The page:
Unless you paid cash for your home, you bought title insurance along with the deck and the flat-top range. And you probably gave more thought to the drapes than you did the insurance premium.
But you are not insured at all, at least not by the policy you purchased. If there is some cloud on your title — liens, bogus transfers, forged documents — your mortgage lender is protected by that policy. Your equity is more likely protected against paper cuts by a policy bought by the home seller.
No matter. Ultimately, you pay for it all.
But did you pay too much? Almost everybody buys title insurance, but hardly anyone shops for it. The premiums for title insurance represent about one-half percent of the cost of buying a home, perhaps $1,000 on the purchase of a $200,000 home.
As the costs and paperwork generated by excise taxes, closing fees, appraisals and other minutiae generated by a real estate transaction pile up, title insurance becomes just another ca-ching. Shop for title insurance? You just put your heart and soul into negotiating whether or not the washer and dryer stay with the house.
So, as Washington Insurance Commissioner Mike Kreidler announced last month, title insurance companies have concentrated their marketing efforts not on consumers, but on intermediaries like real estate agents or finance companies. Many recommend a title company, and the consumer who looks beyond that suggestion is rare.
For recipients of industry “marketing,” life has been good.
Kreidler said an 18-month-long investigation of title insurance companies in the Puget Sound area turned up all kinds of largesse: $6,000 for cocktails, for example, and $11,000 for Sonics games. You do have to wonder how that much exposure to the Sonics could possibly generate any good will, but there it is.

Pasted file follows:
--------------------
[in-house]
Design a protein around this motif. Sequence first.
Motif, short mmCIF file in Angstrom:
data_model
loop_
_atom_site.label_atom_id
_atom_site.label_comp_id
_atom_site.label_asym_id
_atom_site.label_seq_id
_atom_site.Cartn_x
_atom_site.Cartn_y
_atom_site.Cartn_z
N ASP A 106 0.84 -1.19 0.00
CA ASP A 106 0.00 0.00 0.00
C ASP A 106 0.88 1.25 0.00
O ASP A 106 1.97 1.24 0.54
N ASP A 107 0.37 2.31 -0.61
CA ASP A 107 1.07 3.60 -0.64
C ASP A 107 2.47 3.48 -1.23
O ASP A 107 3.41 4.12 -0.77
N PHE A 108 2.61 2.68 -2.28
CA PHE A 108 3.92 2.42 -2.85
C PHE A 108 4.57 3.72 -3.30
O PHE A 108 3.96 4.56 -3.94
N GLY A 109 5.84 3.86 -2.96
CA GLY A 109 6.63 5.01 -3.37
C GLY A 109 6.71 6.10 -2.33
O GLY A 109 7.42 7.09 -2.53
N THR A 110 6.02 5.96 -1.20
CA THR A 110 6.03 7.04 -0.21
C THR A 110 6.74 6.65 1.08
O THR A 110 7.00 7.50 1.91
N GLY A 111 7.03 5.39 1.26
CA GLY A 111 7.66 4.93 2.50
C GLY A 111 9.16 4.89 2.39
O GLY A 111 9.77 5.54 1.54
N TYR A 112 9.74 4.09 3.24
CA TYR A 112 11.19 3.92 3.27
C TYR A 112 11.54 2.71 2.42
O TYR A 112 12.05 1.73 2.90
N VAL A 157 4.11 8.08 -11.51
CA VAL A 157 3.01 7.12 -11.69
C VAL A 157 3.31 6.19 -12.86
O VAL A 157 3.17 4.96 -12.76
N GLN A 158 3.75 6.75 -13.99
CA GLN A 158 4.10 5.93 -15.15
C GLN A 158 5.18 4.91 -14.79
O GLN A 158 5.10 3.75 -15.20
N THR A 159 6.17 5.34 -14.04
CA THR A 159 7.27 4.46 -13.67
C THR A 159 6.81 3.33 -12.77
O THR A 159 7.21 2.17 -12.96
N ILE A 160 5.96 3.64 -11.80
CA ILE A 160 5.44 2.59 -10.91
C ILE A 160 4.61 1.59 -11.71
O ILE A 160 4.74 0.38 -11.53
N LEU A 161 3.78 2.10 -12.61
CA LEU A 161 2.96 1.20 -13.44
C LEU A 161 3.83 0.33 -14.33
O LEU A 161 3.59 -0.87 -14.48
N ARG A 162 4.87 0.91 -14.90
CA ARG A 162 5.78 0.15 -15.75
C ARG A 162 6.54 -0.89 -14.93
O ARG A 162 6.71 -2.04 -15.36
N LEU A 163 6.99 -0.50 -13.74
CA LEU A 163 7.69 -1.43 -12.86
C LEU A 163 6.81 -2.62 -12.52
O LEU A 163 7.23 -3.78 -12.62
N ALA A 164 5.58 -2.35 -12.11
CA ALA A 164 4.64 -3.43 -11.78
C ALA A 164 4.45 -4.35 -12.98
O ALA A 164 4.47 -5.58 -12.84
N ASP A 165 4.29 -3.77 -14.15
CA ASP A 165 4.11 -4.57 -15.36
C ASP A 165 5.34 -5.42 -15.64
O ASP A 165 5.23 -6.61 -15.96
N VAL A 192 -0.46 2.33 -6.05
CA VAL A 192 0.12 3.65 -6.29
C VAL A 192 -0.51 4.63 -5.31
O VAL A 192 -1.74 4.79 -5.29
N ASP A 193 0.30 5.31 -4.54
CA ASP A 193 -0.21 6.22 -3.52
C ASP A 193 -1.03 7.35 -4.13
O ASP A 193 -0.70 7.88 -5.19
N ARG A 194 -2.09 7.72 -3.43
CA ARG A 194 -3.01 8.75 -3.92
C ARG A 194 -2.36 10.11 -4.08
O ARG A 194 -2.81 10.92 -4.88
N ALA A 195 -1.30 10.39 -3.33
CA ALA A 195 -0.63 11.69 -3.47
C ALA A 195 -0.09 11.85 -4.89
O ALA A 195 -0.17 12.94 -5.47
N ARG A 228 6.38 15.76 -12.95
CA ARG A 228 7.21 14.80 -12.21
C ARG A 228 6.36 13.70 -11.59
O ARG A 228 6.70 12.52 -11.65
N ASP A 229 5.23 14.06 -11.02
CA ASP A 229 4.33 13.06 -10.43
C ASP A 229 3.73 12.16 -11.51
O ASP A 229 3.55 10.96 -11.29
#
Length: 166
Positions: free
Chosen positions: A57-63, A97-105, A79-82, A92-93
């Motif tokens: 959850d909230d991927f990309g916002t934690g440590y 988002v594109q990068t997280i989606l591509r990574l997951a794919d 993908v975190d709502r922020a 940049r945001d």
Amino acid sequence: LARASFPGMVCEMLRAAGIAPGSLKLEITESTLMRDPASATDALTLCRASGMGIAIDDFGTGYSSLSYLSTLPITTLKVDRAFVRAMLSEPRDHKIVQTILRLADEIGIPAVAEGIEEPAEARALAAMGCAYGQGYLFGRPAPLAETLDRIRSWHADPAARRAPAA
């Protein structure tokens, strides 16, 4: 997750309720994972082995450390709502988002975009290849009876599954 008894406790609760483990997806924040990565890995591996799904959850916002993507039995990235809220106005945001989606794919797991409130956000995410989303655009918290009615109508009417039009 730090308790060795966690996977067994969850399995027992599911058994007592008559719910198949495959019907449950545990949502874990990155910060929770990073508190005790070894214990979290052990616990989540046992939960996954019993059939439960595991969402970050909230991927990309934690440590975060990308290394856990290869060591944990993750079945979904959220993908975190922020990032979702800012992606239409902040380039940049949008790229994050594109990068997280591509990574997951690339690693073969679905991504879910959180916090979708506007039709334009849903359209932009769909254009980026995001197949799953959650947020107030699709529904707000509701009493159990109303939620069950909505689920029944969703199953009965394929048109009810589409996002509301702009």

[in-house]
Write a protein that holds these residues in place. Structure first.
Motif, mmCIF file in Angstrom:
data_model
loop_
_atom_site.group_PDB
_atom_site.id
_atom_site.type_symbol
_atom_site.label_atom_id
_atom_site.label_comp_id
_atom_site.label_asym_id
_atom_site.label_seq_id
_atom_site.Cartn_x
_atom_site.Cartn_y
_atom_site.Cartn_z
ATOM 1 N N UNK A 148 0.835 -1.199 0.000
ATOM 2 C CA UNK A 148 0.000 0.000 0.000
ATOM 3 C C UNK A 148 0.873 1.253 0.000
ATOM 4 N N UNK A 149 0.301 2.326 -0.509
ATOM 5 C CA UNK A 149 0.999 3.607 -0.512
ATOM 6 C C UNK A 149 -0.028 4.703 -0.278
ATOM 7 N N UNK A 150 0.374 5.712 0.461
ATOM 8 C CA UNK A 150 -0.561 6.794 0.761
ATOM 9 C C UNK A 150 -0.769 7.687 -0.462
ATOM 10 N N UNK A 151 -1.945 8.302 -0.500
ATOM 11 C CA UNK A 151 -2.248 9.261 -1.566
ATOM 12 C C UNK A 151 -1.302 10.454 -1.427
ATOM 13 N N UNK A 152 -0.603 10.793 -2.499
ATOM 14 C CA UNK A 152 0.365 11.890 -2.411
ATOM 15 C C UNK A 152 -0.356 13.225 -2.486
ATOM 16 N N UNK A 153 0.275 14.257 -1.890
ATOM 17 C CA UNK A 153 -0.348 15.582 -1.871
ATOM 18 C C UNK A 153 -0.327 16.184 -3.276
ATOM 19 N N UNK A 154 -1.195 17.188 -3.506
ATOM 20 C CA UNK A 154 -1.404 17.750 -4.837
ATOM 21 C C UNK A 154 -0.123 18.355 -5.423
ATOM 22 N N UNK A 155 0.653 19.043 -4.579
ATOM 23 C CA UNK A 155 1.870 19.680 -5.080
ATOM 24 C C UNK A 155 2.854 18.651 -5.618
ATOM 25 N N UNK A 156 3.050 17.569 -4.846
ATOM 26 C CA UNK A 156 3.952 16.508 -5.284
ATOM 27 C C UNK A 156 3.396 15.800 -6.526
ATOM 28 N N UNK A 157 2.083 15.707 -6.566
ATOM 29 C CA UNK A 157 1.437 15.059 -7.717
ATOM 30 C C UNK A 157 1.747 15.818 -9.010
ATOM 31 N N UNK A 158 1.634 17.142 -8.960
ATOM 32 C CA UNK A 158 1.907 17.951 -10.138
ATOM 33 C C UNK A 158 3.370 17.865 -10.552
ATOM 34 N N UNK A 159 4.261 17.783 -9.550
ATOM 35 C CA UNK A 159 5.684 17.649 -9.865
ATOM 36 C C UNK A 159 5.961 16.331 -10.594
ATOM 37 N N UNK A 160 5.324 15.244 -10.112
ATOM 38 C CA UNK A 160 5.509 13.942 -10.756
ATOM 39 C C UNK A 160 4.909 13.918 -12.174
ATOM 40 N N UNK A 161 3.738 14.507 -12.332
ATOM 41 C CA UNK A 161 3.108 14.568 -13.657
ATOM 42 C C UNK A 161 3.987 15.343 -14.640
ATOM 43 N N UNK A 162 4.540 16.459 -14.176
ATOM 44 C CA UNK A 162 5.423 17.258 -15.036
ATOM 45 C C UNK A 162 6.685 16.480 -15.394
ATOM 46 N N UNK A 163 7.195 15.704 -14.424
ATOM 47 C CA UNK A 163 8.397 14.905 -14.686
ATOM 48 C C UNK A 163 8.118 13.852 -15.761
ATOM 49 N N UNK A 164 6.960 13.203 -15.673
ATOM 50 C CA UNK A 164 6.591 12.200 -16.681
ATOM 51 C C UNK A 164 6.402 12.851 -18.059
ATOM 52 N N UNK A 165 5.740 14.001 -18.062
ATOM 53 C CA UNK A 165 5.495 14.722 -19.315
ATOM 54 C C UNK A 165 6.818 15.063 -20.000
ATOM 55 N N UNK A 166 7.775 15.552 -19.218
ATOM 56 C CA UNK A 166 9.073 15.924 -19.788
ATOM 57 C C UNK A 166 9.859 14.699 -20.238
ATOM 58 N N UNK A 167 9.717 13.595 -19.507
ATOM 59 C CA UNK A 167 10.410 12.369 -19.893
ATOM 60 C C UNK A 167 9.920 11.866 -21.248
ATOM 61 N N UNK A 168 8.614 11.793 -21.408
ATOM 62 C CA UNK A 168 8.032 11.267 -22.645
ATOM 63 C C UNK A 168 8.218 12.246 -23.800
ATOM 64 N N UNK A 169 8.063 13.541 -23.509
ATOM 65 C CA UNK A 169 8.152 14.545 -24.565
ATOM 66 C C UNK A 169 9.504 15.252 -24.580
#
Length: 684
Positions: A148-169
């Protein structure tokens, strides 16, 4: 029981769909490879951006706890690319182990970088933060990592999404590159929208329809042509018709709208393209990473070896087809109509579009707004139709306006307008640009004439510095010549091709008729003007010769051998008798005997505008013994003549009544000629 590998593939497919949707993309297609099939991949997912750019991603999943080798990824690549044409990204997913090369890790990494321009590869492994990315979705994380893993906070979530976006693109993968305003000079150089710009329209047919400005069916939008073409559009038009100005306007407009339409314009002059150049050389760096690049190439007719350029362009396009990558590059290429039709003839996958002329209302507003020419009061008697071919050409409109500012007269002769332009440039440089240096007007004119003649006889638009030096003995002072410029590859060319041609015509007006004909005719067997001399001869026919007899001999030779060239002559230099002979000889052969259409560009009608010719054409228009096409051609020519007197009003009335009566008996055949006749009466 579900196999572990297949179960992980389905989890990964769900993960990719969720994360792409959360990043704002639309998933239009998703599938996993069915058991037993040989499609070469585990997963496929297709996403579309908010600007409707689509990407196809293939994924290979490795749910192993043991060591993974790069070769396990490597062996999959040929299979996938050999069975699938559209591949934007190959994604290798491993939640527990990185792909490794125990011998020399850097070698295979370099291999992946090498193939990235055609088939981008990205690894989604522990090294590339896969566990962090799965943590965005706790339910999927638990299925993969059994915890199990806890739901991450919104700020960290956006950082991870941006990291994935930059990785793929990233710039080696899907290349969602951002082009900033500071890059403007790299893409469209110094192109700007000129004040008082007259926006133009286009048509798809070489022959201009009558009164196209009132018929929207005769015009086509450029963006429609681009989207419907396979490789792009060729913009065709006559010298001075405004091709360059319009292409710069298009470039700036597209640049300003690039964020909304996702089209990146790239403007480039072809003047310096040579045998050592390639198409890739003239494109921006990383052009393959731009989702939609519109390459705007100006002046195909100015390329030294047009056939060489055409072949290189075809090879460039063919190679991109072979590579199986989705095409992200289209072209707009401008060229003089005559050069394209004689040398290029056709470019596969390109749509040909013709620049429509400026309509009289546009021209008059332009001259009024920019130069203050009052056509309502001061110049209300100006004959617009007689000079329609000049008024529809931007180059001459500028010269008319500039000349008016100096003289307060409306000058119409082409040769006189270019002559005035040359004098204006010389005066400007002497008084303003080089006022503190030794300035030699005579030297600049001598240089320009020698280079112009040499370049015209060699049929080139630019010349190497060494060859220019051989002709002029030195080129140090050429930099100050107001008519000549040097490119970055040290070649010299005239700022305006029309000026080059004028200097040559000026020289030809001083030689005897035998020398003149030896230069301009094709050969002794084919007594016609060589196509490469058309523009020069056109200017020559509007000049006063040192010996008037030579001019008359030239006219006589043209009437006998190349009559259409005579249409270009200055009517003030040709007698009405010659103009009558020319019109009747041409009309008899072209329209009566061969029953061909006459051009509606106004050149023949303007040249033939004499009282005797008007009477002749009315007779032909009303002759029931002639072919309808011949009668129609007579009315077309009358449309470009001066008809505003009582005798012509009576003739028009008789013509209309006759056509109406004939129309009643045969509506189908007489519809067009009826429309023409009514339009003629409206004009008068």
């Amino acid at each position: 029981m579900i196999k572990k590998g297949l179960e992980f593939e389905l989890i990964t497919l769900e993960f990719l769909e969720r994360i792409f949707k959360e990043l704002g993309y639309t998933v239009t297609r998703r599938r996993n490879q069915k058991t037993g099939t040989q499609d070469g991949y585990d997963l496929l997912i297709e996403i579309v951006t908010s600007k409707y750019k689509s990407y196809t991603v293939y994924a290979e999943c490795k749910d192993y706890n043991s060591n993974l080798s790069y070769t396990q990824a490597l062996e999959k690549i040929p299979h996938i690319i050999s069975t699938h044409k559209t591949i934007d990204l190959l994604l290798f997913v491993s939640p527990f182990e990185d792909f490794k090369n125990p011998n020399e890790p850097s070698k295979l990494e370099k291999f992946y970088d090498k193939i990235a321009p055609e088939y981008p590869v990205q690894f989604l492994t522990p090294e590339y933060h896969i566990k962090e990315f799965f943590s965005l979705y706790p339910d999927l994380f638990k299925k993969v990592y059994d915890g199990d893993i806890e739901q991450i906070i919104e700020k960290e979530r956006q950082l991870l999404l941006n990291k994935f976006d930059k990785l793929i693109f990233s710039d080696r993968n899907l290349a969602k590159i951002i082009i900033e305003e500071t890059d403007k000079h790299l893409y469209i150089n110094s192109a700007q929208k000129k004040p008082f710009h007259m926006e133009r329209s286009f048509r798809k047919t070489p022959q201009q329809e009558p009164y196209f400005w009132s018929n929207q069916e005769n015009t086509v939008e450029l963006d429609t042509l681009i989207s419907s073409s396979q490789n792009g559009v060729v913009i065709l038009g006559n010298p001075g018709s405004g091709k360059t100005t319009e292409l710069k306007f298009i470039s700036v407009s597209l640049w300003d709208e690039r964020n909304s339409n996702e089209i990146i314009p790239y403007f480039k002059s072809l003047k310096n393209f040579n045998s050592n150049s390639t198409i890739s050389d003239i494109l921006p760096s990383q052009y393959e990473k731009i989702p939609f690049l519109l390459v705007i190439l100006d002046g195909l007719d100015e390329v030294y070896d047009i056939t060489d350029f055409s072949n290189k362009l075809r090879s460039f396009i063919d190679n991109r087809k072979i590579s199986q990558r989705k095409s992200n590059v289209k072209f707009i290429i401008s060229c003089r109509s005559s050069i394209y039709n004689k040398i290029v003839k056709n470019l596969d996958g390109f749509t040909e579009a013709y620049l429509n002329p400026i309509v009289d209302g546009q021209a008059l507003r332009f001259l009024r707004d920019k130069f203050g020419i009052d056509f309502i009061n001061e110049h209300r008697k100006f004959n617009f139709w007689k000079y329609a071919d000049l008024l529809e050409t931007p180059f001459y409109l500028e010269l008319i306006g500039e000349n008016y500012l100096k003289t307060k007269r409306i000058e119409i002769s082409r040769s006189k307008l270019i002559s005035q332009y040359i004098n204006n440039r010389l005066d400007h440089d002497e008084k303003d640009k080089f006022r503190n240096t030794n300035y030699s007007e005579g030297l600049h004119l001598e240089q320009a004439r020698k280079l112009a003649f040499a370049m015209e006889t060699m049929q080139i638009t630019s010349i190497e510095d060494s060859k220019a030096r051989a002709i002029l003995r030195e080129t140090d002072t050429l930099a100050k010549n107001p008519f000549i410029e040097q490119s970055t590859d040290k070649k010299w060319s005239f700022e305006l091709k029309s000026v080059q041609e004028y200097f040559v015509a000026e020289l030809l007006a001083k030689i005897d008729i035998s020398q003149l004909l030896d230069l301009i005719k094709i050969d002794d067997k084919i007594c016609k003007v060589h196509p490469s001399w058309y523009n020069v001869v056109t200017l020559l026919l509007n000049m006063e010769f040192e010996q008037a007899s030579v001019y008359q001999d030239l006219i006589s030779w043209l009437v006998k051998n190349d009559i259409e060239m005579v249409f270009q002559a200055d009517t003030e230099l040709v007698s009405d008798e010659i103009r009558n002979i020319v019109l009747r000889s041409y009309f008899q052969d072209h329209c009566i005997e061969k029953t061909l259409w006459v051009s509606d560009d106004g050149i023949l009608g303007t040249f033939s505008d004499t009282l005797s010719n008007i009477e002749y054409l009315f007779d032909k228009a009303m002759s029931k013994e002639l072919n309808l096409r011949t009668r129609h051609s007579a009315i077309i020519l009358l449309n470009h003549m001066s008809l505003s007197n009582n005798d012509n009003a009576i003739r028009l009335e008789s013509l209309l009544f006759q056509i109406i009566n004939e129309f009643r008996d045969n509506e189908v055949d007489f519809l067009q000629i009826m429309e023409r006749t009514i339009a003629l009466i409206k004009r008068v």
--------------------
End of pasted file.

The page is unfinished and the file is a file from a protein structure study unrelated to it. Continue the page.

Washington law limits gratuities to $25 per person. That won’t buy you a soft drink at Key Arena.
Although title insurance industry practices in Eastern Washington were not scrutinized as part of the investigation, a spokeswoman for Kreidler’s office said it is safe to assume what went on in King, Pierce and Snohomish counties went on elsewhere in the state as well.
In fact, the findings in Washington reflect those found in many other states, where kickbacks and other shenanigans were found. The Government Accountability Office in April produced another study that suggested the title insurance business was overdue for reform.
Kreidler found industry misbehavior so pervasive he, like a state trooper overwhelmed by speeding drivers, will impose no penalties for what he found. The administrative costs would just be too high.
But now that he’s blown the whistle, Kreidler plans several initiatives to avoid backsliding. First. by clarifying state law, and the applicable penalties. That $25 per person, for example. Nobody seems to be certain whether that “person” is the insurer, the agent, or the client.
The industry says it welcomes guidelines that will prevent one company too free with its money from triggering renewed freebie binging.
Second, information explaining title insurance to consumers will be posted on the commission’s Web site, www.insurance.wa.gov. That’s already been done.
And third, Kreidler is organizing a task force to reassess title insurance practices in Washington. He wants proposals he can submit to the 2008 Legislature. Potential options include a state-managed program like one Iowa has used since 1947, having lenders buy the title insurance themselves, or a more transparent market in which consumers can easily know their options, and their cost. Iowans, by the way, pay significantly less for title insurance than residents of many other states.
Much about insurance of any kind baffles the average consumer, yet one cannot go through life without it. But with most common types of insurance — home, auto, or life — the buyer or the family is the policy’s beneficiary. Does it make sense for a homebuyer to purchase a policy that protects a multibillion-dollar bank? A lender who, by buying insurance in bulk, could negotiate much better deals than individuals?
It would be remarkable if the scrutiny now focused on the industry does not produce some reform. This is not a market that works well for anybody but the industry itself.
And a few misguided basketball fans.